What To Do If You Get into an Accident With a Foreign-registered Vehicle

Alevin Chan

Alevin Chan

Last updated 26 October, 2022

Should you get into an accident with a foreign-registered vehicle, making a claim likely won’t be easy. Here’s how you better navigate such a situation and alternative courses of action to consider.

Given the close social and geographical ties we share with Malaysia, and our love for road trips up north, getting into a traffic accident with a Malaysia-registered car is not completely outside of the realm of possibility.

Should this happen, you may find making a claim against a foreign-registered driver to be more complicated than you like, even though the process is still largely the same. Well, you may thank cross-border administrative challenges for adding this new wrinkle to an already vexing event.

Good thing, then, that claiming against the other driver’s insurance isn’t your only option – but let’s not get ahead of ourselves.

Let’s first have a look at what you need to do should you get into a fender bender with a foreign-registered car.  

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What to do in an accident with a foreign-registered vehicle

Should you get into an accident with a Malaysian driver, the things you need to do aren’t any different than for any other road accident.

You should still follow the recovery practices as recommended by your insurer, but you’ll need to pay extra attention when gathering the required documents and evidence.

Here’s a rundown of what you should do, as per the General Insurance Association’s (GIA) webpage: 

  1. Make a police report as soon as possible, and no later than 24 hours. You are required to approach any Neighbourhood Police Post or police centre to submit your report in writing.
  2. If you wish to make a third-party motor claim against an insurer in Malaysia, you will have to initiate contact with the relevant insurer, and submit copies of the following:
    • Your vehicle registration card (photocopy)
    • Certificate of Insurance, cover note or policy schedule (photocopy)
    • Identity card (photocopy)
    • Police report
    • A police sketch plan and key (if available)
    • Result of police investigation (if available)
    • Proof of losses incurred

    Additional documents relevant to your claim should also be submitted; such documents may include:
    • Adjuster’s report with original photographs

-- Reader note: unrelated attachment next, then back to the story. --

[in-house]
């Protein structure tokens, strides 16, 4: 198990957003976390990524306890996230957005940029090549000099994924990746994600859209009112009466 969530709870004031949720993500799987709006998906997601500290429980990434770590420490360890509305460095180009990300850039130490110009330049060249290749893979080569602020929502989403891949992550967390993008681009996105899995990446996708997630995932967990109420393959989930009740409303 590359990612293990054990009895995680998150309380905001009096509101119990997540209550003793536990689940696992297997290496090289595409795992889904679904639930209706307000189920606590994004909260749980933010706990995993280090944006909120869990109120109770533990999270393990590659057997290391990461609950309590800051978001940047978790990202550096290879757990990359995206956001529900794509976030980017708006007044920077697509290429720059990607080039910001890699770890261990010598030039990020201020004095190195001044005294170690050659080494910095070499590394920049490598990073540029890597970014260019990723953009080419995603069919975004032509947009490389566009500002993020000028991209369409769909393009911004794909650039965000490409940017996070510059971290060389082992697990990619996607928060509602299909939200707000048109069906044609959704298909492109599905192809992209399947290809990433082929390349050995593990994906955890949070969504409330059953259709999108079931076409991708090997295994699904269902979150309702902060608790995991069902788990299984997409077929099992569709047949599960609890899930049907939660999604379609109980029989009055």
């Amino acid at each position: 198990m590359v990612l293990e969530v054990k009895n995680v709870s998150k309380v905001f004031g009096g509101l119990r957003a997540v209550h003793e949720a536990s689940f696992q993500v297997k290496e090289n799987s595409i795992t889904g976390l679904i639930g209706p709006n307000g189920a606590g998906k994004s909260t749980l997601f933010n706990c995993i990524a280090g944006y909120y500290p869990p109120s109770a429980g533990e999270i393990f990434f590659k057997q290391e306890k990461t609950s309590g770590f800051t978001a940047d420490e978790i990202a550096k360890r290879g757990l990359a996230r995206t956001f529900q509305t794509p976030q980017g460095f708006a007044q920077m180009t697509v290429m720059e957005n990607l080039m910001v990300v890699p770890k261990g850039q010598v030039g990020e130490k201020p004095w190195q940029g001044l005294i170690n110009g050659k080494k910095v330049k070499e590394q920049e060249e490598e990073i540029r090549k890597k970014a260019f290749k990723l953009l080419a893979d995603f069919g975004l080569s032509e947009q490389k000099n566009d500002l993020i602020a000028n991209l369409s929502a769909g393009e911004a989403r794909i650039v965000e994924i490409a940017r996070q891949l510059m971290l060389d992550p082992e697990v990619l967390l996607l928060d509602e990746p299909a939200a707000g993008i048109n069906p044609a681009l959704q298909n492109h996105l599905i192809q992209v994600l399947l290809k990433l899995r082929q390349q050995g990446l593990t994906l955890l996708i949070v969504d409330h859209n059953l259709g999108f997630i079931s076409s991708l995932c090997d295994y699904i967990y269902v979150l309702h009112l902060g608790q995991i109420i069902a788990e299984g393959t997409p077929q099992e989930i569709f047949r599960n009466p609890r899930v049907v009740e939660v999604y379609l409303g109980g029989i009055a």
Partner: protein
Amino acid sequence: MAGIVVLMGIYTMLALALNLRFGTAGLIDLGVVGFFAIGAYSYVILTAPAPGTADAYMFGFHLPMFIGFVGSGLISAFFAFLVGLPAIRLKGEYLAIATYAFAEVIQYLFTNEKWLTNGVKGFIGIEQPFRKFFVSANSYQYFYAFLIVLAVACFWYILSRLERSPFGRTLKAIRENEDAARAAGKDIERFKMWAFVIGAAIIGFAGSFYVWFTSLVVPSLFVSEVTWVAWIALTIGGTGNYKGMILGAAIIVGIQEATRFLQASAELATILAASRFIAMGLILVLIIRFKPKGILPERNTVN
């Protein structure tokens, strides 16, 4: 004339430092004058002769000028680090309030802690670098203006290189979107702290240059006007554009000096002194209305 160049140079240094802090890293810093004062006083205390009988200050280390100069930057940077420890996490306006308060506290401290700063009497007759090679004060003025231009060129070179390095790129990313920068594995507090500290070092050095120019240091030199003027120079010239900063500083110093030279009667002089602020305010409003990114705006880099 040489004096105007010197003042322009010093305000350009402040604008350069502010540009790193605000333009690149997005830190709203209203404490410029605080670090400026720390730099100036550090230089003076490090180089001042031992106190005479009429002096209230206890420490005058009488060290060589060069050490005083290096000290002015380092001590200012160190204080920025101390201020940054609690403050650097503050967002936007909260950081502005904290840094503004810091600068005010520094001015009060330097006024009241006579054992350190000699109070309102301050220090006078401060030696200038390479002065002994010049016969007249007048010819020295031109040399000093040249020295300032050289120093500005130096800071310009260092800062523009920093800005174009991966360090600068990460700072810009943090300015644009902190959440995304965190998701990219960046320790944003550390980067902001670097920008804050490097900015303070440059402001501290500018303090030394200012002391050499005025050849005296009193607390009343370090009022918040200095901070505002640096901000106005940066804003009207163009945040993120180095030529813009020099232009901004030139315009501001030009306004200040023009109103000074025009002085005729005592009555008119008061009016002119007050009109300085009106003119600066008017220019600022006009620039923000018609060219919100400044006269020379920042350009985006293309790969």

• Repair bill and proof of payment
    • Rental-car bill (if a car was rented) and proof of payment
    • Bills and receipts for other expenses incurred
  3. Note that claiming against a foreign-registered car is likely to take longer compared to claiming against a locally-registered vehicle. Patience will help you last the distance.

It must be emphasised that this entire arduous process only applies if you decide to make a claim against the other driver’s motor insurance.

If all that sounds like too much trouble, the following two options may be more palatable.

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Option 1: Claim against your own insurance policy

Yes, you can make a claim against your own insurance policy to cover the cost of repairing your vehicle. (This is, of course, provided that your motor insurance plan offers such benefits. In other words, if you only have a Third-party, Fire and Theft cover, this option won’t be available to you.)

Doing so will essentially pass the case over into the hands of your insurer, who then has to liaise with the relevant insurer in Malaysia to recover the claim amount.

This means that you can avoid the hassle of making a claim against a driver from a foreign country, and need only focus on getting your car restored.

However, do be aware that your No-claims Discount may be affected, until your insurer settles up with the corresponding party. But in exchange, you’ll have more peace of mind.  

Option 2: Enter into a private settlement

Another alternative is to enter into a private settlement with the other driver. In other words, both parties agree to a legally-binding arrangement to make good on the estimated costs of repairing their vehicles.

While a private settlement precludes the need for insurance papers to be filed, that doesn't mean there’s no paperwork altogether. The accident still has to be reported to the police, damages and evidence still need to be documented, and your insurer will likely want to be informed.

Also, there is the risk that the actual costs come up to a significantly higher sum than expected, which could cause one or both parties to back out of the private settlement and attempt to make an insurance claim instead.

As you can imagine, such a development will only make a gnarly situation even more difficult to deal with. Hence, this option should not be chosen lightly, and should only be considered if:

  • Damage to vehicles is minor or negligible
  • There are minimal or no injuries
  • The agreed sum can be settled on the spot

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If all else fails

Even after trying everything in your power, you may still fail to get your claim settled by a driver registered in Malaysia. There is one more thing you can try.

Approach the GIA’s counterpart in Malaysia – Persatuan Insurans Am Malaysia (PIAM) – to ask for assistance with your claim. Be sure to include a copy of all necessary documents and evidence to facilitate your request.

You may reach out to the PIAM via:

  • Email: pic@piam.org.my
  • Phone: 03-2274 7399
  • Website:https://piam.org.my/

An ex-Financial Planner with a curiosity about what makes people tick, Alevin’s mission is to help readers understand the psychology of money. He’s also on an ongoing quest to optimise happiness and enjoyment in his life.


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